IrisVR Virtual Reality Headsets

Even though the products just moved out of the initial beta phase, IrisVR has over 22,000 sign-ups so far for their Prospect product (more on this product in a bit).

A quote from the funding release:

“There are real, industry-changing applications for this technology and IrisVR is building one of them,” Shane said. “Simply put, we’re reinventing the canvas on which a vast, global industry communicates. For design and construction professionals, the vision is the core of every project. IrisVR brings that vision to life.”

So what does IrisVR do? They build VR tools focused on the architecture and design-related industries. Their goal is to provide VR ready content from your models in 30-60 seconds. The difference between their products and others is they are after the quick-and-dirty, as in get the model pushed into VR instantly and start collaborating interactively. If you are after the high-level presentation continue using others which involves much more of a time commitment to build the presentation VR.

See here for more details: http://video.foxnews.com/v/4830745382001/?intcmp=hphz01#sp=show-clips

The plan for 2017 is to continue development with a focus on “effective communication.

So what makes IrisVR’s solution different? Instant VR with a focus on collaboration. Plus their base products are free to use!

The Products

IrisVR offers two products: IrisVR Prospect and IrisVR Scope. They are available in free and paid for versions. Prospect is intended to take your 3D models and convert them into VR viewables for devices like the Oculus Rift and HTC Vive. Scope is intended to convert panoramic images into a VR viewable for smartphone devices like the GearVR and Google Cardboard.

IrisVR Immersive Review

Immersive review courtesy of the IrisVR Blog

Iris Scope

For IrisVR Scope you generate the panorama in V-Ray, OctaneRender, Lumion, Autodesk A360, Corona Renderer, and others (and more are coming) and then convert into for VR with Scope. With the panorama converted, you view it virtually using your mobile device.

With the Scope Library you upload the “panos“, generate a code, and share the panos with whoever needs to see it.

The free version provides support for the Cardboard and Samsung’s GearVR. It allows you to view any pano shared with you. The Pro version ($40/month) gets you access to the Scope Library with unlimited uploads, the option to sort panos into sets, and fullscreen 360 previews.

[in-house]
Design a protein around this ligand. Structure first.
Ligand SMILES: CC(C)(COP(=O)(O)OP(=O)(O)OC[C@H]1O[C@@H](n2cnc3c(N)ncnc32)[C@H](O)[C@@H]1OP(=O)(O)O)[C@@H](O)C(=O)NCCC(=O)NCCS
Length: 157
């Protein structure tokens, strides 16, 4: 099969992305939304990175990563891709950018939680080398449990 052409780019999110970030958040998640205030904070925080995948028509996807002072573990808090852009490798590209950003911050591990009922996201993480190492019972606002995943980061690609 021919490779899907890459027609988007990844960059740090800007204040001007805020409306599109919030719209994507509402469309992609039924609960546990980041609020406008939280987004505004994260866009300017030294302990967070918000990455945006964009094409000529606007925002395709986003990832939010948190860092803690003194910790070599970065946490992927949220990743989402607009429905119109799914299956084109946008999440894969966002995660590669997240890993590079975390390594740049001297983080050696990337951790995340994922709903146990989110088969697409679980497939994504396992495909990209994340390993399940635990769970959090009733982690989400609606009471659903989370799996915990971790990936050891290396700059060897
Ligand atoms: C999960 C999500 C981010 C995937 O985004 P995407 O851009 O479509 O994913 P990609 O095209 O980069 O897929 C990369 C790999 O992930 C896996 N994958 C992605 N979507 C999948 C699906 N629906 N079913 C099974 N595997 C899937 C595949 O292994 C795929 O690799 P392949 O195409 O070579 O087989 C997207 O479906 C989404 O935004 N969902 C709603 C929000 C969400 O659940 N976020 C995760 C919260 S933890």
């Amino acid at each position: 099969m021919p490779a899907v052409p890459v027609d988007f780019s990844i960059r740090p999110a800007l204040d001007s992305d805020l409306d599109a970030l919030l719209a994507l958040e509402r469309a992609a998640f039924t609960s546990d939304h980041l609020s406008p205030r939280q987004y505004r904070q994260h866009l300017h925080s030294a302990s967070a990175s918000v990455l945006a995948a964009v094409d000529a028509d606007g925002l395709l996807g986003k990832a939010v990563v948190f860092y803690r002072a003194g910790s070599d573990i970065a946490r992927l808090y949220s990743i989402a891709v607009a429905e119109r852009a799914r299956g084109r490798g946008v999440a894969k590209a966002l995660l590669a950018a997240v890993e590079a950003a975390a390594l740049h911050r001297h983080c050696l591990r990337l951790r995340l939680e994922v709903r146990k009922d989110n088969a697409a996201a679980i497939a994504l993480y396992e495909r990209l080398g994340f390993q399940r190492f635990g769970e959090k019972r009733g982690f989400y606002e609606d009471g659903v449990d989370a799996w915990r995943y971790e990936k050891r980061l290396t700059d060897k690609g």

Iris Prospect

Prospect offers support for Revit, Rhino, Sketchup, and OBJ models. There really is no limit on the model size as the product can handle complex assemblies.  There is no limit on the number of files you can process, even with the free Basic version.

Within the IrisVR Prospect environment, you get to experience life-like presentations with complex details. The conversion from model to VR is “in less time than it takes to print.

With the Pro ($200/month) the tool set is extended. Using the built-in tools you toggle between different design options by switching layers off and on. The provided annotation features create markups and callouts in 3D. Prospect Pro also provides the means to capture screenshots from within the VR so that you can review outside of the VR.

If you are using the Pro version you can send and receive VR via their IVZ format. The resultant file is small enough to send via email, which at the moment is the mechanism most IrisVR users are using to share with others.

Finally, the Pro version includes daylight system tools so that you can adjust the sun and lighting position real-time.

What do I Need to Start?

The IrisVR website provides a lot of information, not just on their products, but for getting started with Virtual Reality.  First place to start?…. Hardware.

You’ll need a computer. Consider the “VR Ready” hardware offered by Lenovo.

IrisVR recommends getting a powerful graphics card at the recommended minimum. They suggest at a minimum the NVIDIA Geforce GTX 980 or something equivalent.  You’ll also need an Oculus Rift or an HTC Vive. Which one? The Rift is intended for sit-down experiences while the strength of the HTC Vive is its ability for room-scale virtual reality.

For a complete run-down of requirements check out their blog here.

What’s Next?

A Google Cardboard is on its way to me. I’m also on the hunt for a Samsung GearVR. Once I get my hands on one of these devices, I’ll be reviewing Scope.  I’m looking quite forward to it.